Canadian report criticizes Iran’s probe into downed passenger plane

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Iran is failing to adequately investigate the accidental shooting down of a passenger plane in January, according to a Canadian report released on Tuesday.

“Many of the key details of this horrific event remain unknown,” wrote Ralph Goodale, who has been appointed to advise the Canadian government on its response.

“Iran bears responsibility for that because — at least thus far — it has not conducted its investigations (safety, criminal or otherwise) in a truly independent, objective and transparent manner; and answers to critical questions have not been forthcoming.”

Iran refused to allow Canada to appoint an accredited representative to the investigation, limiting Ottawa to an observer role, and took more than six months to arrange a readout of the flight recorders, Goodale wrote.

Canada is seeking reparations from Iran, including compensation for the victims’ next of kin, a full accounting of what happened and a formal apology.

Iran had initially blamed the crash on a technical problem, but then admitted to unintentionally shooting down the airliner amid heightened tensions with US forces in neighbouring Iraq.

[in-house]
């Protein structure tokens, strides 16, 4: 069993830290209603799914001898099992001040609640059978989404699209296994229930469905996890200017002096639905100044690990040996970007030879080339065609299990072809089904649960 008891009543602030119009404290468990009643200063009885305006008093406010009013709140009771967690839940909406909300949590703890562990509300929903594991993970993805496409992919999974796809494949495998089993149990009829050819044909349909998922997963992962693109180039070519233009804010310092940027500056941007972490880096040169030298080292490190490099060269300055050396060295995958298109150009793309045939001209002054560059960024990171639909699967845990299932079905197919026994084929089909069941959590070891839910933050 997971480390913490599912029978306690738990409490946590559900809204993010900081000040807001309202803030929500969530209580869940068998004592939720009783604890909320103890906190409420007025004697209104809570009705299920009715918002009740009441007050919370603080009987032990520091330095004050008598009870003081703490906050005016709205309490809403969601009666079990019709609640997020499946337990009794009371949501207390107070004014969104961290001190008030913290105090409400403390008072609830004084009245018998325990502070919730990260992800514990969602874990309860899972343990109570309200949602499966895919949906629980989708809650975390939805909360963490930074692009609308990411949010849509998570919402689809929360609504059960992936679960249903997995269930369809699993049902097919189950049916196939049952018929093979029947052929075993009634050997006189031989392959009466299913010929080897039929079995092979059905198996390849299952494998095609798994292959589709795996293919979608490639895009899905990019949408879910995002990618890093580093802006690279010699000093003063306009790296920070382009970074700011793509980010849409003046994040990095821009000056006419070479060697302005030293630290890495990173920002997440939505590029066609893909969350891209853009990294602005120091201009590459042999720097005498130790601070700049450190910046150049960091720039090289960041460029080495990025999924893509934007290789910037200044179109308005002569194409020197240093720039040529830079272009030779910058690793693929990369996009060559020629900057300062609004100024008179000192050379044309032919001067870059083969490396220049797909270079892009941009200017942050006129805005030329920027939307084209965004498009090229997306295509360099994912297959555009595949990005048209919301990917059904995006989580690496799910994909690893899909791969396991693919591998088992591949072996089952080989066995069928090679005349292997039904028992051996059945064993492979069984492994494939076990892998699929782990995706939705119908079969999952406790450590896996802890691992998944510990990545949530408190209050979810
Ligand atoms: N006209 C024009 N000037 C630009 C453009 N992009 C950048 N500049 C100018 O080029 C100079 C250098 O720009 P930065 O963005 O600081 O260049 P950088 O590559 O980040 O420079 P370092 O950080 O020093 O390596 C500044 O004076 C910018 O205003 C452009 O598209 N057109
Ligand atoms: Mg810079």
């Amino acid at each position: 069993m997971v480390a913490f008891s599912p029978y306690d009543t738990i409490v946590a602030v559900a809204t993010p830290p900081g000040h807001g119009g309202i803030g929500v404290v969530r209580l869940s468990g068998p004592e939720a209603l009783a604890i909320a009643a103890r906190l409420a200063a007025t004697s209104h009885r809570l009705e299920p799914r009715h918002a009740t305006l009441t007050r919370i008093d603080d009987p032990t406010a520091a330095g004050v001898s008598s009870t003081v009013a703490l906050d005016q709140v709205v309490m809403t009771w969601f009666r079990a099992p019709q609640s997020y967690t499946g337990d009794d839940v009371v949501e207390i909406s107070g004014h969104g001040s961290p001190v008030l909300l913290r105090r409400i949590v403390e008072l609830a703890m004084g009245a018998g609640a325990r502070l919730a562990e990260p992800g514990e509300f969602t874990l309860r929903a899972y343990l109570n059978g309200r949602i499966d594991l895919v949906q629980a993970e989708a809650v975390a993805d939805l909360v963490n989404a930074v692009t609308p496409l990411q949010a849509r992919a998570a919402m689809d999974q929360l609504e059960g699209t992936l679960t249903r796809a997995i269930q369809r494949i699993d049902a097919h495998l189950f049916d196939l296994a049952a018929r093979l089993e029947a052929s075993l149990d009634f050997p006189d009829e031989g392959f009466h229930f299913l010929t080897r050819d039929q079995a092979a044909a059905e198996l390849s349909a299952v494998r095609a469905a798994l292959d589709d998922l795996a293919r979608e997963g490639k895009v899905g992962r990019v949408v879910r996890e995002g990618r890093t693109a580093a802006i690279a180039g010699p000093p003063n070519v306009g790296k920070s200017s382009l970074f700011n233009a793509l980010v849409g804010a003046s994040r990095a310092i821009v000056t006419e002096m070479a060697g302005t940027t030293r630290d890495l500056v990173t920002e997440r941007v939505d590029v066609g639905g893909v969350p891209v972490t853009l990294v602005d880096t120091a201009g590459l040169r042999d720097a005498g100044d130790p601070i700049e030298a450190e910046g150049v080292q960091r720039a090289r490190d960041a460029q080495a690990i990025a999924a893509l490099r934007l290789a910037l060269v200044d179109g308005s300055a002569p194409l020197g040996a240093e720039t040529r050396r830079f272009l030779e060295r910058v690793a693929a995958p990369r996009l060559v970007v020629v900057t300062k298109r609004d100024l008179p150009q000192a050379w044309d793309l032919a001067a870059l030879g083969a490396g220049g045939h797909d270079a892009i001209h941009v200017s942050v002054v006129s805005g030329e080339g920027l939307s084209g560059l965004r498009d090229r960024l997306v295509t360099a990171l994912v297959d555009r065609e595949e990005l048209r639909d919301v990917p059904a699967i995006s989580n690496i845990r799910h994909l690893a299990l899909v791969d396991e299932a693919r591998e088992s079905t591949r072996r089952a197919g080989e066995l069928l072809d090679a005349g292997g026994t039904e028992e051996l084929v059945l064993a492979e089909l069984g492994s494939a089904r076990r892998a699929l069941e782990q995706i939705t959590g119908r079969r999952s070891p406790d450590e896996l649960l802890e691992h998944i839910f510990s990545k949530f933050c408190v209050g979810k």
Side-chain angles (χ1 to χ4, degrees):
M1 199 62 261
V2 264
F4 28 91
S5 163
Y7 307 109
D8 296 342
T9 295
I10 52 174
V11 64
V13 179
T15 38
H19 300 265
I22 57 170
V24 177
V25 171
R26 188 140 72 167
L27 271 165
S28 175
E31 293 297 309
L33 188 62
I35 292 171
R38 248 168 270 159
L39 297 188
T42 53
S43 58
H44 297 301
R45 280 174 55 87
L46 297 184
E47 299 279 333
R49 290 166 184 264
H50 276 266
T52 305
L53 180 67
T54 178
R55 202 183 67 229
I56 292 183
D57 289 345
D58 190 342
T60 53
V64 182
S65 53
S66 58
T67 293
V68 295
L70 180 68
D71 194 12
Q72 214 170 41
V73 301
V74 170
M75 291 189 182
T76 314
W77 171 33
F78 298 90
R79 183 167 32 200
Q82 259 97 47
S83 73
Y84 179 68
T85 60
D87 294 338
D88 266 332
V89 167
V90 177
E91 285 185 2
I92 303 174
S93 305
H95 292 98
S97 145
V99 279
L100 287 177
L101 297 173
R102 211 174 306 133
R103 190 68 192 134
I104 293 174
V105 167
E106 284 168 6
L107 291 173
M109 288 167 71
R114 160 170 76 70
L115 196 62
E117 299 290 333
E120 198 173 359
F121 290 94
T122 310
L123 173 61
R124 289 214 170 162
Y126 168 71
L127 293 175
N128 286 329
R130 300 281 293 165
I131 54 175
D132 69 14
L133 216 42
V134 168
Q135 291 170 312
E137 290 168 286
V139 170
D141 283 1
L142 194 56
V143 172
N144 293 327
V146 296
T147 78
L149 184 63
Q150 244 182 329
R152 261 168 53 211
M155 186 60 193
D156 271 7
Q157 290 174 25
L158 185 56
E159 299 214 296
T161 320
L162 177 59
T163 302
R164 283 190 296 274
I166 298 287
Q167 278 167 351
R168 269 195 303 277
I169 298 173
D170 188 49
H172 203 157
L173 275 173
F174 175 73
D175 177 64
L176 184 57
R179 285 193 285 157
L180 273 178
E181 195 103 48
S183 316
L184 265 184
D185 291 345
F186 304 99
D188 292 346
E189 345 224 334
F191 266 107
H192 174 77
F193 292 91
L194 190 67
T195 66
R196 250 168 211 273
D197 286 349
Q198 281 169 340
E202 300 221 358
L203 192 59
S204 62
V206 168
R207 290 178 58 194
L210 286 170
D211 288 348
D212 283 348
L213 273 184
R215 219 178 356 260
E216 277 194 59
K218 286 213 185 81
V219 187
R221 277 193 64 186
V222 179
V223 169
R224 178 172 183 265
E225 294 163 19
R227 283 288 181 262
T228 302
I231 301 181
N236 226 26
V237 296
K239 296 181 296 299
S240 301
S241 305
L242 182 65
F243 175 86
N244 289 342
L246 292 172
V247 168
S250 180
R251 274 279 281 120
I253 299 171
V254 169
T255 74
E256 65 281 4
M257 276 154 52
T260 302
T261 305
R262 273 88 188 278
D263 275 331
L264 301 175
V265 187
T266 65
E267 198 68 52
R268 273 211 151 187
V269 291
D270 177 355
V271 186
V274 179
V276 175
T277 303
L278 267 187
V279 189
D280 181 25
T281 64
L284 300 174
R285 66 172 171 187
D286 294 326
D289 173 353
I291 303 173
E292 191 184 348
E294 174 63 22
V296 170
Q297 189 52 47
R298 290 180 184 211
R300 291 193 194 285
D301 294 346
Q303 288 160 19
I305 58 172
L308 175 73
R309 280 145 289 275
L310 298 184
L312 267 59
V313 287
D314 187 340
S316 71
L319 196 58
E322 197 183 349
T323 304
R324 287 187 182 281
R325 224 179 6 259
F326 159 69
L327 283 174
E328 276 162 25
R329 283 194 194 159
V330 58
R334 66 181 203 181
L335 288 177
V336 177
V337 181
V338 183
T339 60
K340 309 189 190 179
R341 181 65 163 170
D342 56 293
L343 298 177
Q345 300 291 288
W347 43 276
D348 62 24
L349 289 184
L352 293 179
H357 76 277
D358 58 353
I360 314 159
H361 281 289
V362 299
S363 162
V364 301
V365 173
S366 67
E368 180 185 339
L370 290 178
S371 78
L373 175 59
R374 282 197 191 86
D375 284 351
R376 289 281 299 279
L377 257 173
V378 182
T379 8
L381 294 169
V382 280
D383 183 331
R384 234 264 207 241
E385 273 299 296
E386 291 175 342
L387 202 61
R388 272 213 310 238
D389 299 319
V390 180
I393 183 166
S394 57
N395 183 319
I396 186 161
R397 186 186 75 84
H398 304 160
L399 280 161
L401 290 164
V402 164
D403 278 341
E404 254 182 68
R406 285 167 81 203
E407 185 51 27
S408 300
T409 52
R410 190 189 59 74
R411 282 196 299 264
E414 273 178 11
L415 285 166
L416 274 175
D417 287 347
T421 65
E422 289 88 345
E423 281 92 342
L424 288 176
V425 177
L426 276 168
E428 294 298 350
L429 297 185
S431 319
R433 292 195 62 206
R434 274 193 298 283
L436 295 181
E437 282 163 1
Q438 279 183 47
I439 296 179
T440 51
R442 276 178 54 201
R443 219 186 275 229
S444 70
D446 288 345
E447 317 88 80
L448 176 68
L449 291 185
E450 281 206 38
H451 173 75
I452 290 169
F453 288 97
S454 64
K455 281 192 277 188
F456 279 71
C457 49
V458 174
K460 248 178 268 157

In its final report on the crash from mid-July, the Iranian aviation agency spoke of “human error,” saying a malfunctioning radar system caused communication problems with the responsible military unit.

The Ukrainian International Airlines (UIA) Boeing 737 was shot down by Iranian air forces shortly after take-off on January 8, killing all 176 people on board.

Passengers were from Ukraine, Iran, Canada, Afghanistan, Britain and Sweden. A total of 138 had ties to Canada.

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